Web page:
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Differences in ultrastructural appearance and modulation of endogenous and exogenous surface immuno globulin of rabbit lymphocytes

, : Differences in ultrastructural appearance and modulation of endogenous and exogenous surface immuno globulin of rabbit lymphocytes. Journal of Immunology 117(4): 1179-1188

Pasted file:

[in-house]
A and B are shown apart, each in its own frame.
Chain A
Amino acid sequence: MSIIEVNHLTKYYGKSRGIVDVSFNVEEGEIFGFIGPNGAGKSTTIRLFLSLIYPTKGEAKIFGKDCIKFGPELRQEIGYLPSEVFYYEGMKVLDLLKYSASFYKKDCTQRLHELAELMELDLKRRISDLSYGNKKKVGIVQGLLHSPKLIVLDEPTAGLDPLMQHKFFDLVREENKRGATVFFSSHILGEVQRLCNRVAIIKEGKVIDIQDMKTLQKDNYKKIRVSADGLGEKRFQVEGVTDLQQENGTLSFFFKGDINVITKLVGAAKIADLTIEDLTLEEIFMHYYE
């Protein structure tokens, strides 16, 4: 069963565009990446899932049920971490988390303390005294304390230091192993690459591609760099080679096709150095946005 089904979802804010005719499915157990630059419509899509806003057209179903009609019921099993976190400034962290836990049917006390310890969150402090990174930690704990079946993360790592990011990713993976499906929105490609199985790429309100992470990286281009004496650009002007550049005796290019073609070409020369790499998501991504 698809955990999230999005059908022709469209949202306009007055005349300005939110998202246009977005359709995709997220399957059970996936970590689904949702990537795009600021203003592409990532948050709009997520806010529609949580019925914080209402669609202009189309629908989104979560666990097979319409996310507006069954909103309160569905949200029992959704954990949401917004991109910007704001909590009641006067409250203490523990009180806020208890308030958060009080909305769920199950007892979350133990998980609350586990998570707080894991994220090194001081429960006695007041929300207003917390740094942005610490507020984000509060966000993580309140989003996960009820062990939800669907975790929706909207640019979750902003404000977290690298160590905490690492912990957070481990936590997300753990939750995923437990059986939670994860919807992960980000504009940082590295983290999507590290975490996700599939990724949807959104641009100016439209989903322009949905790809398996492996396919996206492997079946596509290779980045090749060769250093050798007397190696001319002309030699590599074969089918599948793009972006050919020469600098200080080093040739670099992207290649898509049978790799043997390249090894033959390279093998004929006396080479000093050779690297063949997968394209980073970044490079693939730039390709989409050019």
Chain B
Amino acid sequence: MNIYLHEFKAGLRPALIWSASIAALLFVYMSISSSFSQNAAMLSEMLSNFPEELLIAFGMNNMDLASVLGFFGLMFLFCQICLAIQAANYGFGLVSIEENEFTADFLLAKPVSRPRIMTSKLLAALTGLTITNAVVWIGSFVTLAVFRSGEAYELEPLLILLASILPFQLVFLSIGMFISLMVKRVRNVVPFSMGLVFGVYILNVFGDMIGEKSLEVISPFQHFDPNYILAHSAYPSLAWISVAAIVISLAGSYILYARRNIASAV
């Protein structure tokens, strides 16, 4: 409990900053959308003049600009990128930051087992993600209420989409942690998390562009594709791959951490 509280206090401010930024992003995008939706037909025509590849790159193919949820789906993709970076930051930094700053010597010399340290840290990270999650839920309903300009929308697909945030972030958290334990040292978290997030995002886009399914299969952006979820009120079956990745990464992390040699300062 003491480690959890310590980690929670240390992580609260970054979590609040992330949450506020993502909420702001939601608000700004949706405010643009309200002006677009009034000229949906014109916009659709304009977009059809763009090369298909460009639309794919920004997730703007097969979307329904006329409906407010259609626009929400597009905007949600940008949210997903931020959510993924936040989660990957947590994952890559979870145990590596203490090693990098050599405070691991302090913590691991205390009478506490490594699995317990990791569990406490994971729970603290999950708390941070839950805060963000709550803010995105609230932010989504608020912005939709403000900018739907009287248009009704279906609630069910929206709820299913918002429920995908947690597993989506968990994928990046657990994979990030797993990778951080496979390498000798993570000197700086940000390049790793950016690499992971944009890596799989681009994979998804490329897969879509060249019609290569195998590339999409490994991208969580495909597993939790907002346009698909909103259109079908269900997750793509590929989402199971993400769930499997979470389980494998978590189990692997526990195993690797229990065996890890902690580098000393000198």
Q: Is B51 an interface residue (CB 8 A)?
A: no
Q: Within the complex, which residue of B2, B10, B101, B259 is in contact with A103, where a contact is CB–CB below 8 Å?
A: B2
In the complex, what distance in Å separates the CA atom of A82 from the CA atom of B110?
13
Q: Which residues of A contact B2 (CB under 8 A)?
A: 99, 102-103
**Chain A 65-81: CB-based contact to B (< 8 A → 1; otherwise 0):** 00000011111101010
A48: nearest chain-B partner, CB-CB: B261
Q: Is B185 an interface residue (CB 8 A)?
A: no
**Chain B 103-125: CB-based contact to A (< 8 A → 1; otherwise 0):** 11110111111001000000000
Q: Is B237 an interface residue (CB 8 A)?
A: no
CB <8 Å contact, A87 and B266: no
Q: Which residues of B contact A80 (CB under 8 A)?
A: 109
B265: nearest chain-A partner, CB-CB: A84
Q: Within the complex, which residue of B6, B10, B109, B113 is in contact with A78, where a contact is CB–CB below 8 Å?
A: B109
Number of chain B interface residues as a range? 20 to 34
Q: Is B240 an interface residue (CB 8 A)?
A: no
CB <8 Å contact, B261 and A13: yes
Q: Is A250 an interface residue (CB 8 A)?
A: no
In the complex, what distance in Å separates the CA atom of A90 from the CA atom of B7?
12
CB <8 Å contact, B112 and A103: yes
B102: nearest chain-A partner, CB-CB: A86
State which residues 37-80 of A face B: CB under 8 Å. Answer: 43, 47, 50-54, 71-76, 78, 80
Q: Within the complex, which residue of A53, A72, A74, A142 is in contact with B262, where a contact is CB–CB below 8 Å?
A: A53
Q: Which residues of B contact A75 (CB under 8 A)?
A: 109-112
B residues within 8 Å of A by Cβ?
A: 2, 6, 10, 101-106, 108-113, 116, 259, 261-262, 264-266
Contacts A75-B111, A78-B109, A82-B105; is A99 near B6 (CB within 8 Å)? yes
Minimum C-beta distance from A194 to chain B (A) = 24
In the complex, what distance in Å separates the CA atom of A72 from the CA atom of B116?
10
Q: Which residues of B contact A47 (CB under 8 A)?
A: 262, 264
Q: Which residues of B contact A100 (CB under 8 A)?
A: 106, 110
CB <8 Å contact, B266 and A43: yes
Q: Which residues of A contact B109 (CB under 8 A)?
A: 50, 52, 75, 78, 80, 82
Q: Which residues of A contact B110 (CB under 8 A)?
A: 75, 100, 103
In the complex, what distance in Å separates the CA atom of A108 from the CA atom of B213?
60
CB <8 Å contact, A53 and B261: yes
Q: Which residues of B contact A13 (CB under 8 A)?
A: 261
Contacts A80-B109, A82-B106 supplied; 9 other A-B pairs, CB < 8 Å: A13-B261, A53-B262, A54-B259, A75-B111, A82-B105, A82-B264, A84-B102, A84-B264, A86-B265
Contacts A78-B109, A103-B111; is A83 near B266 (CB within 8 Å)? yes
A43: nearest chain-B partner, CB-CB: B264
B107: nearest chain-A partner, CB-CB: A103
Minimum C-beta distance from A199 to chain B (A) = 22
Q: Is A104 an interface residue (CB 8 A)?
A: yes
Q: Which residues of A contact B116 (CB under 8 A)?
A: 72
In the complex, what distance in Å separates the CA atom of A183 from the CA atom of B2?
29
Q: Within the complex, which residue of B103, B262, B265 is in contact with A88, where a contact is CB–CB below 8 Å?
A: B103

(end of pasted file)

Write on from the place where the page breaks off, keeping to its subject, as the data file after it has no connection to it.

Endogenous and exogenous surface Ig [immunoglobulin] (sIg) of rabbit peripheral blood lymphocytes (PBL) differ in ultrastructural appearance and modulation characteristics. Endogenous sIg occurs as small sessile patches on 70% of freshly prepared PBL after mixed anti-globulin immunoferritin labeling. These patches are closely associated with the surface membrane and readily undergo endocytosis when labeled cells are warmed to C. The binding of exogenous Ig may be demonstrated by exposure of PBL to normal allogenic or xenogenic serum in vitro. Aggregated IgG is responsible for the majority of the serum Ig binding; deaggregated IgG binds poorly, and Fab' fragments of IgG do not bind. Exogenous Ig exists as large aggregates precariously attached to the cell surface on approximately 70% of the PBL which do not undergo endocytosis when warmed to C, but appear to be shed or sloughed from the cell surface. Most rabbit PBLs have endogenous surface Ig and Fc receptors for aggregates of IgG. Endogenous and exogenous sIg can be differentiated by ultrastructural features. Exogenous sIg is not detectable on freshly prepared PBL unless incubated in vitro with aggregated Ig. The exogenous sIg may not have a functional role in lymphocyte activation.

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